Volkswagen’s Supervisory Board has approved an investment of more than US$1Bn for in-house battery cell production under a partnership in Europe with Swedish company Northvolt. The plan envisages a cell manufacturing plant located in Lower Saxony.
Additional battery cell supplies will be needed as the German automaker plans to launch 70 new electric vehicle (EV) models over the next ten years. The projected number of vehicles on the Group’s e-platforms will be around 22 million units, implying a demand for batteries in Europe and Asia in excess of 300 GWh a year.
A 3-stage plan has been drafted by the German automaker: the first stage will involve cell supplies through strategic partnerships with established battery makers for the first wave of Volkswagen’s EVs. The second stage will involve Volkswagen building “Gigafactories” in Germany with partners “given the capital-intensive nature of the battery business”. In the third stage, Volkswagen will establish solid-state battery production in partnership with QuantumSpace, one of Volkswagen’s CVC (Corporate Venture Capital) investments into new battery technologies.
In the meantime, Volkswagen will be working “systematically” to reduce the share of cobalt in its batteries. The company envisions the share of cobalt to fall from 14% (weight proportion in the cathode) to 5% in the next three to five years. Volkswagen will also work to develop cobalt-free battery cells.
Volkswagen’s approach to battery cell procurement will take the German company beyond the auto-making business, an area in which only Tesla and BYD have so far been successful. Nissan divested from its battery cell arm AESC in 2018, while Daimler’s battery cell subsidiary Li-Tec ceased production in 2015.
The Volkswagen Group is already experiencing cell shortages in its Audi brand. In April, Audi delayed the launch of its e-Tron as LG Chem cells suffered delays. Due to this and other cell shortages in the overall market, Manager-Magazin reported that Volkswagen was negotiating a partnership with SK Innovation to build a Gigafactory in Germany. As a result, LG Chem warned Volkswagen it would stop supplying battery cells if the auto-maker entered into a production agreement with SK Innovation.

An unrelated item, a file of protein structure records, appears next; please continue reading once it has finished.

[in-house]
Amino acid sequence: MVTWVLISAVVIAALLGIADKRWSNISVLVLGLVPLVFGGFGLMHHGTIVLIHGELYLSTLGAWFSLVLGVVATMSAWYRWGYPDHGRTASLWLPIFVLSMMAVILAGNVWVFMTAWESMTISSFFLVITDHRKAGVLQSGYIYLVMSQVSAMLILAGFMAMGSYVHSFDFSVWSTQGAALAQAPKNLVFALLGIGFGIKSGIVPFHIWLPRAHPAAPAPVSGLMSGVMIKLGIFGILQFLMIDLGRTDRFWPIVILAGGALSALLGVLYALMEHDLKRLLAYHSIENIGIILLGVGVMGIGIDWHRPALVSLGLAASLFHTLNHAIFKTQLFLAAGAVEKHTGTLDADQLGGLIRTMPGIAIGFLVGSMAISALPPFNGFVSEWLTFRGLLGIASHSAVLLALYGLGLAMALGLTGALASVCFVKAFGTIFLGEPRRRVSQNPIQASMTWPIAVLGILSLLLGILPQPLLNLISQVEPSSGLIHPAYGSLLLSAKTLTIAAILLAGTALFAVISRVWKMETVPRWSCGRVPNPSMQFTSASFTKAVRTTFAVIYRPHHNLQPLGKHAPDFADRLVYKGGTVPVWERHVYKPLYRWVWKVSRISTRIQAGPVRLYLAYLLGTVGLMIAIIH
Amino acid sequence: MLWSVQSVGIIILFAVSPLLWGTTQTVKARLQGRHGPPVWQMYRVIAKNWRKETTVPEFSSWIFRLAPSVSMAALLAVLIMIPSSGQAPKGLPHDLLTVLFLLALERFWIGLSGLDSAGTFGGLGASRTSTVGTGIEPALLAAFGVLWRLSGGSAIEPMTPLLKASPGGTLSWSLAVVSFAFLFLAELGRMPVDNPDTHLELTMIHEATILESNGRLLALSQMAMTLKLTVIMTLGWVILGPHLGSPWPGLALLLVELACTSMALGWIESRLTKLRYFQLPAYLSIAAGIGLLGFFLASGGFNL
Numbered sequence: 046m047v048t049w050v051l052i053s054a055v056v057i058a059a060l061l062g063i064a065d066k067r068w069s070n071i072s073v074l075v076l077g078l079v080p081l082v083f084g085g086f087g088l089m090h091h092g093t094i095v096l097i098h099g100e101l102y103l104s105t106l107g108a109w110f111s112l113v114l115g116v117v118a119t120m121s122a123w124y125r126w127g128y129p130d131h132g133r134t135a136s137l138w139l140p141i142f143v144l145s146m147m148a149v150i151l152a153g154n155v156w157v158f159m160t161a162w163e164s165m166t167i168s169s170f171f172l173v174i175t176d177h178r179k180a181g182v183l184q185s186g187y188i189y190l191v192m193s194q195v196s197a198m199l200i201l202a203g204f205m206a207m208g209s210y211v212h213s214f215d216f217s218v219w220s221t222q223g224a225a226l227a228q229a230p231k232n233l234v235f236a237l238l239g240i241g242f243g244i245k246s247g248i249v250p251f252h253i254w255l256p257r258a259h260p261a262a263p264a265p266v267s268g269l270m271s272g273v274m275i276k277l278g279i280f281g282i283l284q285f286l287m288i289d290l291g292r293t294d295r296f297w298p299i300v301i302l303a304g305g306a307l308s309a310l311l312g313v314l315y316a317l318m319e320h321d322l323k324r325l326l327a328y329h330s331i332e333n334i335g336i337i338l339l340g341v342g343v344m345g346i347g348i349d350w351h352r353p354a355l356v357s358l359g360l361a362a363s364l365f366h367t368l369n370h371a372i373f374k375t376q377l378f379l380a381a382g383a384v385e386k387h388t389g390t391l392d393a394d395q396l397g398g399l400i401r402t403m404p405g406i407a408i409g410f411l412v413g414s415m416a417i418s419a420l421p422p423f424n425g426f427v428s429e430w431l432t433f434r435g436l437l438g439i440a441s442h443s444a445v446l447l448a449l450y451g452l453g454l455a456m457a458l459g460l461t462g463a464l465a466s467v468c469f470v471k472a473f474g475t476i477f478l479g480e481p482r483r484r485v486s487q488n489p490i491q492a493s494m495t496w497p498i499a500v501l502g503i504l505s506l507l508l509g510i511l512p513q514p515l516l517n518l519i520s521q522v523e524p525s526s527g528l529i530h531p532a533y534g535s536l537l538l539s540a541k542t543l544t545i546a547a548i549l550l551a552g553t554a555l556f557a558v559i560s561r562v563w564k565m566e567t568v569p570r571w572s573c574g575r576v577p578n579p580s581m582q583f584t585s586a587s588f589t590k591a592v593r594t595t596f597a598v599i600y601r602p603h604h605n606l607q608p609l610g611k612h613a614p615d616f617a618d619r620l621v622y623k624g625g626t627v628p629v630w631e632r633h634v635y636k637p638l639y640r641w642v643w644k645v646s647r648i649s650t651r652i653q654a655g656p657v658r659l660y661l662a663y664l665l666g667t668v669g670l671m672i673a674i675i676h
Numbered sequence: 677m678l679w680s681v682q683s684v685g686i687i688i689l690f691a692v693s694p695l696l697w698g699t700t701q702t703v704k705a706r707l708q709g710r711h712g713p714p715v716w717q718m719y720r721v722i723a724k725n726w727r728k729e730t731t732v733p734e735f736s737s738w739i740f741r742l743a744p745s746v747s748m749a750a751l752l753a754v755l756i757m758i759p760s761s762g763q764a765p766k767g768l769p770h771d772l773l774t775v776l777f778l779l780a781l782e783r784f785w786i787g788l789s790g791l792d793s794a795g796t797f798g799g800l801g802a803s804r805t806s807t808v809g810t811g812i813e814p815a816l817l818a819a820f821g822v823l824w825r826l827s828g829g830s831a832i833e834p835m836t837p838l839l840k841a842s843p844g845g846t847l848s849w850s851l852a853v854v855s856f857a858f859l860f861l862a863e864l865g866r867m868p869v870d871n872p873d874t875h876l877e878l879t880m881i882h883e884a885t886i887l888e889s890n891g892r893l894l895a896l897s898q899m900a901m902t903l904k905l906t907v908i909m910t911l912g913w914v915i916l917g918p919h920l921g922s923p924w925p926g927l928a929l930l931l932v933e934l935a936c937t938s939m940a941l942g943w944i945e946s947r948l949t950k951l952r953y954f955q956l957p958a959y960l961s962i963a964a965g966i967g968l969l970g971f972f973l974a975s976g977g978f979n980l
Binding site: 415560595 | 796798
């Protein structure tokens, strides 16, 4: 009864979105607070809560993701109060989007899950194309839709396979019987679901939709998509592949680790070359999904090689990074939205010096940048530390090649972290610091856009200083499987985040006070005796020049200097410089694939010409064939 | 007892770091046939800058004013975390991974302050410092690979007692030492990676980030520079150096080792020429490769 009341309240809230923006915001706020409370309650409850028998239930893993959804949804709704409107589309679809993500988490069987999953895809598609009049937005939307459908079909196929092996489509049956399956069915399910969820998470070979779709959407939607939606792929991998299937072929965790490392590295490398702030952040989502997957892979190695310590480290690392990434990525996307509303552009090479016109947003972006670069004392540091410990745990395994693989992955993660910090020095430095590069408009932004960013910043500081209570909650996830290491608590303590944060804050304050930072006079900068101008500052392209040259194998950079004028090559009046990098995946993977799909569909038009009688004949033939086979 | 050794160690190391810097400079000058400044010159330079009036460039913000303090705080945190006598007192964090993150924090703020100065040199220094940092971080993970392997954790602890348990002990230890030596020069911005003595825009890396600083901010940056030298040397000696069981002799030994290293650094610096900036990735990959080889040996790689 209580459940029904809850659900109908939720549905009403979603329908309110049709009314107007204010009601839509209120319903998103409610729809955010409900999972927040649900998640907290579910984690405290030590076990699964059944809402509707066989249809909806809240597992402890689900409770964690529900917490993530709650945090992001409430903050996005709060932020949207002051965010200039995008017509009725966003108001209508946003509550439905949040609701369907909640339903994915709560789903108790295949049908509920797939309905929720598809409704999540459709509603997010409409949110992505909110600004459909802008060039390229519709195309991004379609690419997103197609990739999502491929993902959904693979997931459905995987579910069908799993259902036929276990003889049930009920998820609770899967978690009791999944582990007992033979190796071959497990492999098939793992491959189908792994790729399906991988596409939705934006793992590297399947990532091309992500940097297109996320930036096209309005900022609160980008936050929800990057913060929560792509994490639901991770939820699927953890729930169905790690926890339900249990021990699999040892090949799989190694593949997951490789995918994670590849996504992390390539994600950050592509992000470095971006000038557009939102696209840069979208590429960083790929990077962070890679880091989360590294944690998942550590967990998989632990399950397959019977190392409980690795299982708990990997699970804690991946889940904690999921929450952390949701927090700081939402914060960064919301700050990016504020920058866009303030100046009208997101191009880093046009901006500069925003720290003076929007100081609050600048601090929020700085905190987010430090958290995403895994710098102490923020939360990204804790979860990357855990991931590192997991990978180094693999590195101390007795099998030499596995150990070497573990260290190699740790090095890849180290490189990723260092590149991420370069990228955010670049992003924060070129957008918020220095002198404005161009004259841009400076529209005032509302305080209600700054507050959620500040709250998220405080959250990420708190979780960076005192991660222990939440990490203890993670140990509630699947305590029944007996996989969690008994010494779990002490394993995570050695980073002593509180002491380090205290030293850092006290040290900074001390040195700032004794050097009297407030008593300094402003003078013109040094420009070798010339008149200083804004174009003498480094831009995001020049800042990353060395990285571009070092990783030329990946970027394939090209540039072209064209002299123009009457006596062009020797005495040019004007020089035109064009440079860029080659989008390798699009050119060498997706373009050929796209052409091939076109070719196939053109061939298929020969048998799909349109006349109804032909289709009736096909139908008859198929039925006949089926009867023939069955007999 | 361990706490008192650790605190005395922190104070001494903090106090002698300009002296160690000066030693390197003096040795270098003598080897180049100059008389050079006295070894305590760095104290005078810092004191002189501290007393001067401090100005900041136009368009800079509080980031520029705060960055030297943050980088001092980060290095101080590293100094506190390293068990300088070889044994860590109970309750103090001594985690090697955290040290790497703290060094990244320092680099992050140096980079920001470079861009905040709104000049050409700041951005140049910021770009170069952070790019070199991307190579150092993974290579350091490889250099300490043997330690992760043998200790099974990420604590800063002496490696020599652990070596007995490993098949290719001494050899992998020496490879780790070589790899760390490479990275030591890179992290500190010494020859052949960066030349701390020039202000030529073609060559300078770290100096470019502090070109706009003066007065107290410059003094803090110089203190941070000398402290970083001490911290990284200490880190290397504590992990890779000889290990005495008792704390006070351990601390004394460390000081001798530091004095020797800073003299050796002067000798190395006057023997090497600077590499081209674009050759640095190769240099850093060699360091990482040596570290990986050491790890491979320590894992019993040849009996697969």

In March 2019, Volkswagen formed a consortium with Northvolt called the “European Battery Union” (EBU). The consortium will start activities in 2020, and will focus on the entire battery value chain from raw materials to cell technology and recycling. The question now is when Volkswagen-Northvolt’s venture will start production as the Swedish company still has to deliver a 32GWh factory in Skellefteå.
Volkswagen’s strategy increasingly mirrors that of Tesla. Firstly, it ensures third party cell supplies, after which, it establishes a joint venture for cell production with a reputable cell-maker. Lastly, it will develop its own disruptive battery technology to increase energy density (Tesla through the Maxwell dry electrode method, and Volkswagen through the solid-state technology of QuantumSpace).
Nevertheless, when the latest +US$1Bn investment for in-house cell production is compared to the +US$50Bn in battery orders already committed with Asian battery makers, Volkswagen’s in-house cell approach instantly becomes a long-term strategy in which supply chain diversification becomes the main driver.
Volkswagen is so far the most advanced company in battery cell procurement strategy among long-established automakers. Will the German group, with its combustion heritage and liabilities, be able to replicate the success of newer companies like BYD and Tesla?
Roskill’s NEW Lithium-ion Batteries: Outlook to 2028 report was published in April and analyses the major raw material supply chains for this rapidly growing industry. Click here to download the brochure or to access further information.